- Ludwig van Beethoven suffered from hyperacusis, alongside tinnitus and hearing loss.
- Stephin Merritt, best known as the principal singer and songwriter in the band The Magnetic Fields, suffers from hyperacusis.
- Crime-writer Linda Stratmann suffers from hyperacusis.
- In the documentary Bobby Fischer Against the World, it was suggested by Dr. Anthony Saidy that former World Chess champion Bobby Fischer suffered from hyperacusis.
- Laura Ballance, bassist of Superchunk and co-founder of Merge Records
- Musician Jason DiEmelio of Azusa Plane suffered from tinnitus and hyperacusis before taking his own life. His story was told in more detail in a piece entitled "Noise Kills: When Everyday Sound Becomes Torture," published in BuzzFeed.
- Baguley DM (December 2003). "Hyperacusis". J R Soc Med 96 (12): 582–5. PMC 539655. PMID 14645606.
- Andersson G, Jüris L, Kaldo V, Baguley DM, Larsen HC, Ekselius L (2005). "[Hyperacusis--an unexplored field. Cognitive behavior therapy can relieve problems in auditory intolerance, a condition with many questions]". Lakartidningen (in Swedish) 102 (44): 3210–2. PMID 16329450.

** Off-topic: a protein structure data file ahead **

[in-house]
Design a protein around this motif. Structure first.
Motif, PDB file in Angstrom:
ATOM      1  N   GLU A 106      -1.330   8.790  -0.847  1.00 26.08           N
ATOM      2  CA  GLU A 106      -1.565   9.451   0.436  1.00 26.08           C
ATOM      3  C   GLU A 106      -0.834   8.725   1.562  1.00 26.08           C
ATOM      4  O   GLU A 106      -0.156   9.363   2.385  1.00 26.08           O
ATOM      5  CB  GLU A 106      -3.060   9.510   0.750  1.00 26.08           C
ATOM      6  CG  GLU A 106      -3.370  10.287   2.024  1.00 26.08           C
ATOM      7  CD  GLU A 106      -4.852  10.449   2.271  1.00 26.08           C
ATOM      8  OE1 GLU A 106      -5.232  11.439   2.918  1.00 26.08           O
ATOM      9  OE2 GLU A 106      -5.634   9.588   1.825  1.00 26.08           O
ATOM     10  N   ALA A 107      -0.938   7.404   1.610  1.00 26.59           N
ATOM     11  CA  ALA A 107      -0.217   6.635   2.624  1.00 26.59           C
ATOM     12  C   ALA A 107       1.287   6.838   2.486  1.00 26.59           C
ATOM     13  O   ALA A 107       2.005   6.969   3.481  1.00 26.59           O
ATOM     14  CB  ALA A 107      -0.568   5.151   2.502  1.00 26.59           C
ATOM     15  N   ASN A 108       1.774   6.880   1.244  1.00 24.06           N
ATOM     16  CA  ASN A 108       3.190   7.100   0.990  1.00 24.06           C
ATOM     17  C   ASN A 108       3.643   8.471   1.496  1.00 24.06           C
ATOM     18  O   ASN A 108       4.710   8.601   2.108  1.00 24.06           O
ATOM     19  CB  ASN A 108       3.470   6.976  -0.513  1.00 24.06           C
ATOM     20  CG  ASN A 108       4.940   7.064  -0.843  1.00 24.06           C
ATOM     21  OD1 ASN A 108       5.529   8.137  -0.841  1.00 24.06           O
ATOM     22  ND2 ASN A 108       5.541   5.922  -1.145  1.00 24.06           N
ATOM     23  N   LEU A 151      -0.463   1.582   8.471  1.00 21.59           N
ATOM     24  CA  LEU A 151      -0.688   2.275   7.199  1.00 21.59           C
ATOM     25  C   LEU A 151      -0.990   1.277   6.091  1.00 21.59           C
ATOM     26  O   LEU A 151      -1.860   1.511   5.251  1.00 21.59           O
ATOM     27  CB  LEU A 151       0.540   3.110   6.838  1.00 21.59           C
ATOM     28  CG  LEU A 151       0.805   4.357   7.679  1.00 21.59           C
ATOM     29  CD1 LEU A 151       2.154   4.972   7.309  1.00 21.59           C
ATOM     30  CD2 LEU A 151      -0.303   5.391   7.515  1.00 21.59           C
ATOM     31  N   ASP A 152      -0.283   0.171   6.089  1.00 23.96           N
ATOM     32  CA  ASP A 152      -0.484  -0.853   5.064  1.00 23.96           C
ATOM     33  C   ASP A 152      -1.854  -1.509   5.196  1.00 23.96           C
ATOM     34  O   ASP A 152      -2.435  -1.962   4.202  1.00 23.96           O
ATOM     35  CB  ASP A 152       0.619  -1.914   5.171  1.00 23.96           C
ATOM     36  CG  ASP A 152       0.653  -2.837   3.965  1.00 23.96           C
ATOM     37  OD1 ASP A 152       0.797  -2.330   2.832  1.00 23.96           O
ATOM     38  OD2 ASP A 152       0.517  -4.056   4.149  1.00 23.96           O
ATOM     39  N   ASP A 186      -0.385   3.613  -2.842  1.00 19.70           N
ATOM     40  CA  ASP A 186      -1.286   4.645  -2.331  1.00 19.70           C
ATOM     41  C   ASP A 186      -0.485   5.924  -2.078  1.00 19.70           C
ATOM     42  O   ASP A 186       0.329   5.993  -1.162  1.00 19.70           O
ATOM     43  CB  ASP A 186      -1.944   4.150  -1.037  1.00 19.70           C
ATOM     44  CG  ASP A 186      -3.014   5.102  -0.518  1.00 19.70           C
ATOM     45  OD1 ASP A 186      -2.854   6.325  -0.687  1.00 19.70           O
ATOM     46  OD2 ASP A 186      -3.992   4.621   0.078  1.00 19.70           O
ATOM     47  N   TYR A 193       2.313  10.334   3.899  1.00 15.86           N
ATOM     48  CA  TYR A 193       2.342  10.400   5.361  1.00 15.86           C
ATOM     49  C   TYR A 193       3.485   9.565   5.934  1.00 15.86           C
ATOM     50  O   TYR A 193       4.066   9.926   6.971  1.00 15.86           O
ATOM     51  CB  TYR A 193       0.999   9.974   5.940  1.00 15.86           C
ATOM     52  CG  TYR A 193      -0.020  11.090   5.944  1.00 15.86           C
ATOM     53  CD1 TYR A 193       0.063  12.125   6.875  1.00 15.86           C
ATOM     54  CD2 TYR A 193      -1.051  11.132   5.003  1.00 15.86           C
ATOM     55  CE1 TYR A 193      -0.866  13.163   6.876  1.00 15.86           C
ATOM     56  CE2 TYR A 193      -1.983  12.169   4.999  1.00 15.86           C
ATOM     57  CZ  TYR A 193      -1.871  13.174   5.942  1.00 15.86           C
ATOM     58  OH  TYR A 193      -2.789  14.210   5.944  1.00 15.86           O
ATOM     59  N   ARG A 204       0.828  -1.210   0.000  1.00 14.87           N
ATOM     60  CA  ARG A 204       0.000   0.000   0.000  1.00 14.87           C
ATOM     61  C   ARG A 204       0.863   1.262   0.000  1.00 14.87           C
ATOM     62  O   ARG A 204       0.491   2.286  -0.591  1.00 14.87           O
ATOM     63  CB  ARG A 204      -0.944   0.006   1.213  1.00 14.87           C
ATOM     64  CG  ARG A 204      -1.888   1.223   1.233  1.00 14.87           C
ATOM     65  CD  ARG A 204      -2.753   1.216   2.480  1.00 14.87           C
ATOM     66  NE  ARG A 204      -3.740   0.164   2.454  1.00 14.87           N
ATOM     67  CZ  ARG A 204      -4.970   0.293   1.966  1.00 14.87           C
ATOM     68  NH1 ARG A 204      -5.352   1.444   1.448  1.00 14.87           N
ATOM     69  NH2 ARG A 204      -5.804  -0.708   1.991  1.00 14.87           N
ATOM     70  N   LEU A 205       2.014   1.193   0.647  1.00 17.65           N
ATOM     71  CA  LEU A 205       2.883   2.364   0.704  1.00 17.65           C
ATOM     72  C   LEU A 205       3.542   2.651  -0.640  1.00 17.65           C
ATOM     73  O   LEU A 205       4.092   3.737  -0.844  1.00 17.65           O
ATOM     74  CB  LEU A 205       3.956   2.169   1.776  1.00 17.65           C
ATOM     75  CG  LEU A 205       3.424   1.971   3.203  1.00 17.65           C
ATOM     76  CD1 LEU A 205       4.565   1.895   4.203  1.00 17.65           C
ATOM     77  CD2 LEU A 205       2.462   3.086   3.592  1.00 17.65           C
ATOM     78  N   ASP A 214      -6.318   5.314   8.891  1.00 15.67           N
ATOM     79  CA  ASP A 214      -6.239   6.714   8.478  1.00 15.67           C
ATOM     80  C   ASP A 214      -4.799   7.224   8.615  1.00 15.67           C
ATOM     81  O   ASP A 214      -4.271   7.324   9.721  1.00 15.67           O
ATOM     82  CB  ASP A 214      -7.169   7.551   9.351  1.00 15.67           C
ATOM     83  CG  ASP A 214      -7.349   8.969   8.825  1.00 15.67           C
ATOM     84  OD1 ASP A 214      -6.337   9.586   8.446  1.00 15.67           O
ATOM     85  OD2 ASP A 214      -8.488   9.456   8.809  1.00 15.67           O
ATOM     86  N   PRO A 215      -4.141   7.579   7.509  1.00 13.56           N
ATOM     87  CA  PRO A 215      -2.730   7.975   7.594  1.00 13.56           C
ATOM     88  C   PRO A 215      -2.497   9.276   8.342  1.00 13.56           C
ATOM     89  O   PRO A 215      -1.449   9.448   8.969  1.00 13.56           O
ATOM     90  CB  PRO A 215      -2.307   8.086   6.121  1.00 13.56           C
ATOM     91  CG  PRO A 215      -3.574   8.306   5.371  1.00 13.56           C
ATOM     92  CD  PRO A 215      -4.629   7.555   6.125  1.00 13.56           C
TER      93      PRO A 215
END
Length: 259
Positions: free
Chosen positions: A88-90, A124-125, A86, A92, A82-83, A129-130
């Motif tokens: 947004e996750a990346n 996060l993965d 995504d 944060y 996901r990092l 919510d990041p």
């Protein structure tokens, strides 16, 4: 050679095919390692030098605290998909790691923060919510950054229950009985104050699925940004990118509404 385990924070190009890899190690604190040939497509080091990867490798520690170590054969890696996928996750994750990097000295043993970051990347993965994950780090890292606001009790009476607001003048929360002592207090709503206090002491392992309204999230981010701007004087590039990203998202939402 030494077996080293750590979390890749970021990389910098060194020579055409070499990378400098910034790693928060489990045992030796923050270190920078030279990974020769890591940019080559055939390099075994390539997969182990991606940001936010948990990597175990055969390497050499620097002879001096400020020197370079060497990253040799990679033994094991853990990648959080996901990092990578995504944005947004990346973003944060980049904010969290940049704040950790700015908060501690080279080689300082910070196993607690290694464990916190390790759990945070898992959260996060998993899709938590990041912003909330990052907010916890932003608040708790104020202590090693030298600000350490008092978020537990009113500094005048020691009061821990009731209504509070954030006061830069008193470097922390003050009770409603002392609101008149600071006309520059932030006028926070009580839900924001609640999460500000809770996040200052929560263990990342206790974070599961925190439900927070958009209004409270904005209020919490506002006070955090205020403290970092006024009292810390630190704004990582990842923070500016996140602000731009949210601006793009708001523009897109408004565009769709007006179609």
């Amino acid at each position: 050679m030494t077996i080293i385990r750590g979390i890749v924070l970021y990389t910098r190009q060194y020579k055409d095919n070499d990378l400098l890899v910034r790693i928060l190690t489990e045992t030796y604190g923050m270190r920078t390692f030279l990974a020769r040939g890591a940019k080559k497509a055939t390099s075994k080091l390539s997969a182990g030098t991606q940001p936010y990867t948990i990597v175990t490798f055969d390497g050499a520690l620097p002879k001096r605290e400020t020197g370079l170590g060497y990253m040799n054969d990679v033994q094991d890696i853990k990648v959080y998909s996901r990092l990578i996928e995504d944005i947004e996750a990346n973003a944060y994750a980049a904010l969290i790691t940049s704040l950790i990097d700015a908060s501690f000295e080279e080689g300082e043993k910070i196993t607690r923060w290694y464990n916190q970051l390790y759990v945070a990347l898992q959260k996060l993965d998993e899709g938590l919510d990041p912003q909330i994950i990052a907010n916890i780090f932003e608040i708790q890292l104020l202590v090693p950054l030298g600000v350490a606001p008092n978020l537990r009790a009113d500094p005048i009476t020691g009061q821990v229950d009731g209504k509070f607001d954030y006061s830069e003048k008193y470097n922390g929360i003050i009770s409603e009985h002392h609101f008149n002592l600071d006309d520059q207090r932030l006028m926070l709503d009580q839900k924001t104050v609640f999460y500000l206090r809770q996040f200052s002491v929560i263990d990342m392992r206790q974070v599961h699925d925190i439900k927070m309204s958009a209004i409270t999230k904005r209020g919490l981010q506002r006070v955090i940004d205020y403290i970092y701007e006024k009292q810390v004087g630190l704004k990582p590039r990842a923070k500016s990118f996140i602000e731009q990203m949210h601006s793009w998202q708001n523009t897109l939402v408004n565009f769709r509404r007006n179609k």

- Westcott M (December 2006). "Acoustic shock injury (ASI)". Acta Otolaryngol Suppl (556): 54–8. doi:10.1080/03655230600895531. PMID 17114144.
- Størmer CC, Stenklev NC (March 2007). "[Rock music and hearing disorders]". Tidsskr. Nor. Laegeforen. (in Norwegian) 127 (7): 874–7. PMID 17435808.
- Zarchi O, Attias J, Gothelf D (2010). "Auditory and visual processing in Williams syndrome". Isr J Psychiatry Relat Sci 47 (2): 125–31. PMID 20733255.
- Nelson JJ, Chen K (July 2004). "The relationship of tinnitus, hyperacusis, and hearing loss". Ear Nose Throat J 83 (7): 472–6. PMID 15372918.
- "Molecular Interventions - CLOCKSS". Molinterv.aspetjournals.org. Retrieved 2012-10-29.
- "Stephin Merritt - Wikipedia, the free encyclopedia". En.wikipedia.org. Retrieved 2012-10-29.
- "Azusa Plane: Where the Sands Turn to Gold". pitchfork.com. Retrieved 2013-12-09.
- "Decreased Sound Tolerance", by Pawel J. Jastreboff and Margaret J Jastreboff, in: "Tinnitus: theory and management", ed. James Byron Snow, 2004, ISBN 1-55009-243-X